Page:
Most of us only get to read about history, not be a part of it. At the right place and time, however, even the most ordinary individual can shape the course of human existence.
On rare occasions, these everyday people become famous later on in life. Some huge stars found themselves wrapped up in monumental events that shaped the world as we know it. The influence of these celebrities goes far beyond their achievements in film or music, as they had a firsthand view of humanity’s highs and lows…
1. Audrey Hepburn: Few people know that Hepburn was also part of the Dutch resistance during World War II. She donated earnings from ballet performances to anti-Nazi organizations and delivered messages between operatives.
2. Johnny Cash: The ‘Man in Black’ began walking the line with a stint in the Air Force, where he served in a radio squadron. In 1953, he was the first American to receive word that Soviet leader Joseph Stalin had died.
3. Alec Guinness: “Help us, Obi-Wan Kenobi,” asked the British Navy — more or less. Guinness did more than his fair share during World War II. He commanded a troop transport during the invasions of Sicily and Normandy.
4. Samuel L. Jackson: While at Morehouse College, Jackson served as an usher at the funeral of Martin Luther King Jr. The actor was later expelled when he locked a board of trustees in a room until they made certain reforms. Ironically, the trapped group included King’s father.
5. Dennis Rodman: Since he met Kim Jong-Un in 2013, the basketball star improbably became the face of American and North Korean relations. He helped bring sports to Korea, but also has made excuses for the country’s many human rights violations.
6. Jimmy Stewart: This famous man became a war hero in the middle of his acting career. He flew over 20 combat missions during the Second World War. The Air Force later promoted Stewart to Brigadier General for his outstanding bravery.
7. Steve Buscemi: The character actor worked as a New York City firefighter before his big break. However, in the immediate aftermath of 9/11, he rejoined his old company and volunteered to contain the damage and search for survivors.
8. George Takei: The Star Trek actor and his family spent over two years in a government internment camp, like 100,000 other Japanese-Americans. Upon their release, the Takeis received just a handful of train tickets and $20 to rebuild their lives.
National Park Service / AP
9. Michael Caine: The distinguished actor saw a great deal of action as an infantryman in the Korean War. As part of the famous Royal Fusiliers regiment, he escaped a brush with death after a major Chinese offensive separated his patrol from the rest of the British Army.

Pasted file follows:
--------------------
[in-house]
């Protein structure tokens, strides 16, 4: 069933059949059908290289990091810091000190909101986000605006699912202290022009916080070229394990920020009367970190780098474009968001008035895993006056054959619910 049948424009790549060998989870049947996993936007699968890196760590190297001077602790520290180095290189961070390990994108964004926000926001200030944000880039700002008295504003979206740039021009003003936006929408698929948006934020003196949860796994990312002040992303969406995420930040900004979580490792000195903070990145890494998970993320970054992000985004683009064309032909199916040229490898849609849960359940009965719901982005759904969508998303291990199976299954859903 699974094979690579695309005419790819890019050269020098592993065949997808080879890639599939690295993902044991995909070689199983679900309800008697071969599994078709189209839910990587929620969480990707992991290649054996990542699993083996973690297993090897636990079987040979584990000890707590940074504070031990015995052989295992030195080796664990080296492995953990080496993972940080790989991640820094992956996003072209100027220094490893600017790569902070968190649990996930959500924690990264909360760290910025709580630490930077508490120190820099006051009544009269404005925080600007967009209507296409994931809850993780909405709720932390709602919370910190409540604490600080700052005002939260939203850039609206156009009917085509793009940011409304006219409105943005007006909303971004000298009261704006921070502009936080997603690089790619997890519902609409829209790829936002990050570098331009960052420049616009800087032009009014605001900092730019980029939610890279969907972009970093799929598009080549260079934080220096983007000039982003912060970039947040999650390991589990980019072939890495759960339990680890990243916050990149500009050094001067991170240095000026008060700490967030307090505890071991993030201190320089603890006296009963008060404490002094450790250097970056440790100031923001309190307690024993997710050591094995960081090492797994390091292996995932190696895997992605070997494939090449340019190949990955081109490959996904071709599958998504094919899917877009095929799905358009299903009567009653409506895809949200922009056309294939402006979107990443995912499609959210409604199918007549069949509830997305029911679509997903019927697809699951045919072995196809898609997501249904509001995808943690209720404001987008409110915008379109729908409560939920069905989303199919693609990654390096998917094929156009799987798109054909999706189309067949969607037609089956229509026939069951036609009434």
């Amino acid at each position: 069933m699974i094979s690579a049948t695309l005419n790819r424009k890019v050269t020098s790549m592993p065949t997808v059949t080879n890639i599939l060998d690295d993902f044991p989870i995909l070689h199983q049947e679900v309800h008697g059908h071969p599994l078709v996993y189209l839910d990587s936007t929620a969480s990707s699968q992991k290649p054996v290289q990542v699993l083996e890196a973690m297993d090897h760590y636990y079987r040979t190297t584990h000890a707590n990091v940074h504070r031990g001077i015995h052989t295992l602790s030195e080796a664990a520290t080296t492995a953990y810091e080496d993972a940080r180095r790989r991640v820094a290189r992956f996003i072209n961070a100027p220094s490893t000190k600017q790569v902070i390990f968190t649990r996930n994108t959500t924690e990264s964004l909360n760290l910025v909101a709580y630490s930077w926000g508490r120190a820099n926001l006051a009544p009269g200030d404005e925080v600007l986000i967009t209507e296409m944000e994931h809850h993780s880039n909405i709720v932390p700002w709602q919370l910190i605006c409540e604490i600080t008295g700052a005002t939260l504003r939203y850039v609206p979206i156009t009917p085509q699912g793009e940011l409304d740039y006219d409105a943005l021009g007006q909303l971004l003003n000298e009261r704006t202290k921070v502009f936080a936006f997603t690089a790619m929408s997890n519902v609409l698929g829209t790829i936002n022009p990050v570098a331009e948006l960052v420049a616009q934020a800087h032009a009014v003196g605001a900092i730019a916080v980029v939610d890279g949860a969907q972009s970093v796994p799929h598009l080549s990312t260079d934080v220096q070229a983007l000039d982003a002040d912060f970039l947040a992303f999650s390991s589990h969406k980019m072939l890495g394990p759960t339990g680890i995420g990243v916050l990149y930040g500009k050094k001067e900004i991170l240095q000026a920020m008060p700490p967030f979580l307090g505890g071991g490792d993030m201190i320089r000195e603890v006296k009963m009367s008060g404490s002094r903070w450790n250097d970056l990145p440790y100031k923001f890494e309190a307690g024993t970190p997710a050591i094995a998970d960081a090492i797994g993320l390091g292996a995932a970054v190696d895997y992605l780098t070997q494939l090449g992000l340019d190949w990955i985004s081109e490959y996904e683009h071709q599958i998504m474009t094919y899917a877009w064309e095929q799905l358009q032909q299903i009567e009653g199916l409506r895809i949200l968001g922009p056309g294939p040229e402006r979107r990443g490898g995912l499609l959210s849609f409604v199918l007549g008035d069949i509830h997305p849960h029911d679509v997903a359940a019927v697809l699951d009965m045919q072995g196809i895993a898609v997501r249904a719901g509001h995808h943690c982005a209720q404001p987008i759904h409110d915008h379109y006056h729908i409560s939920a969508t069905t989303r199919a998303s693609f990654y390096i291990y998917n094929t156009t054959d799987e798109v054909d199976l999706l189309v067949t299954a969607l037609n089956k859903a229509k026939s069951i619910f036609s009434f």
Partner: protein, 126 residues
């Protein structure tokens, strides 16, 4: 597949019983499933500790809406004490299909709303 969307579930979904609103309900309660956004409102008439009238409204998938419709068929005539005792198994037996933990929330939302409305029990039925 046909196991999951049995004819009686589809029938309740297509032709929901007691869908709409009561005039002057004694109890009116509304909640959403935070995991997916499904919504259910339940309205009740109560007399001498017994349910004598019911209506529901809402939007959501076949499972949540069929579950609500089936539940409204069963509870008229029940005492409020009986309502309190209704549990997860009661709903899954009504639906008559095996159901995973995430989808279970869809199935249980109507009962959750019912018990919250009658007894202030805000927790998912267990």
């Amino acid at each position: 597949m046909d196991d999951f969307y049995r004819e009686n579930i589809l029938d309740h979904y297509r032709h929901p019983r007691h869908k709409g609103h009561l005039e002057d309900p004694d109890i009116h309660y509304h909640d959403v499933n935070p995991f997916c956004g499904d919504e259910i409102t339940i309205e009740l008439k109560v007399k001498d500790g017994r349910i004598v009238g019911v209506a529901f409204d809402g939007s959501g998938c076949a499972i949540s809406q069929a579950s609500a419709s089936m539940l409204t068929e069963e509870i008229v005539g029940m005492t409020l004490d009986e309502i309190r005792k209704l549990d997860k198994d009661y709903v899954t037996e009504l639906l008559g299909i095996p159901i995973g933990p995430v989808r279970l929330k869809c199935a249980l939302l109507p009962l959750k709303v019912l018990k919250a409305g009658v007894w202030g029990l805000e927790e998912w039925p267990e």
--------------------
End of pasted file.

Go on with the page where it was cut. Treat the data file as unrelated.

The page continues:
10. Sigourney Weaver: Before she was fighting off aliens, Weaver glimpsed a different kind of invasion — the British Invasion. She was one of the thousands to attend The Beatles’ legendary concert at the Hollywood Bowl.
11. Bill Paxton: An eight-year-old Paxton (circled below) was thrilled when he saw John F. Kennedy in Fort Worth, and a stranger hoisted him up for a better view. He was also one of the last people to see the President alive as the President was assassinated later that afternoon.
12. Jet Li: This action star performs his own stunts. His greatest stunt of all, however, was saving his daughter from the 2004 tsunami. While on vacation in the Maldives, he swiftly carried her to safety before the wall of water could sweep them away.
13. Eleanor Roosevelt: This first lady was on board the SS Britannic ocean liner, which collided with another ship in 1874, killing several passengers. Fortunately, Roosevelt and her family escaped unscathed.
14. Christopher Lee: This perennial movie villain — he was Dracula, Saruman, and Count Dooku, to name a few — was a real-life hero. Lee joined British Special Forces during WWII and helped track down Nazi criminals.
15. Snoop Dogg: Did you know the rapper partnered with American legend Buzz Aldrin? No, Snoop was not involved in the moon landing, but he did produce Aldrin’s novelty hip-hop single “Rocket Experience.” All proceeds from the song went to Aldrin’s ShareSpace Foundation.
16. Dennis Wilson: This drummer was once close friends with maniacal cult leader Charles Manson. The Manson Family even lived in Wilson’s home for a short while before moving to a California ranch.
17. Yogi Berra: This baseball catcher valiantly served his country as a Navy gunner on D-Day. Berra admitted he was quite naive during the invasion and thought the planes and explosions looked like the Fourth of July.
18. Hedy Lamarr: She was one of the most iconic stars of the 1940s, but Lamarr had brains as well as beauty. She developed a frequency-hopping technology that laid the foundation for Wifi and Bluetooth. In 2014, she posthumously received membership into the National Inventors Hall of Fame.
19. Fats Domino: The blues great was long one of New Orleans’ most dedicated residents. In fact, not even Hurricane Katrina could chase him away. Some outlets reported his demise in 2005, but it turned out he waited out the worst of the storm at home to care for his ailing wife.
AP / Cheryl Garber
20. Pat Sajak: The host of Wheel of Fortune, Sajak served in Vietnam as a DJ for Armed Forces Radio. He did make an unfortunate blunder by accidentally cutting off transmission of President Richard Nixon’s address to the troops.
These stars are historic in ways far beyond their pop culture contributions!
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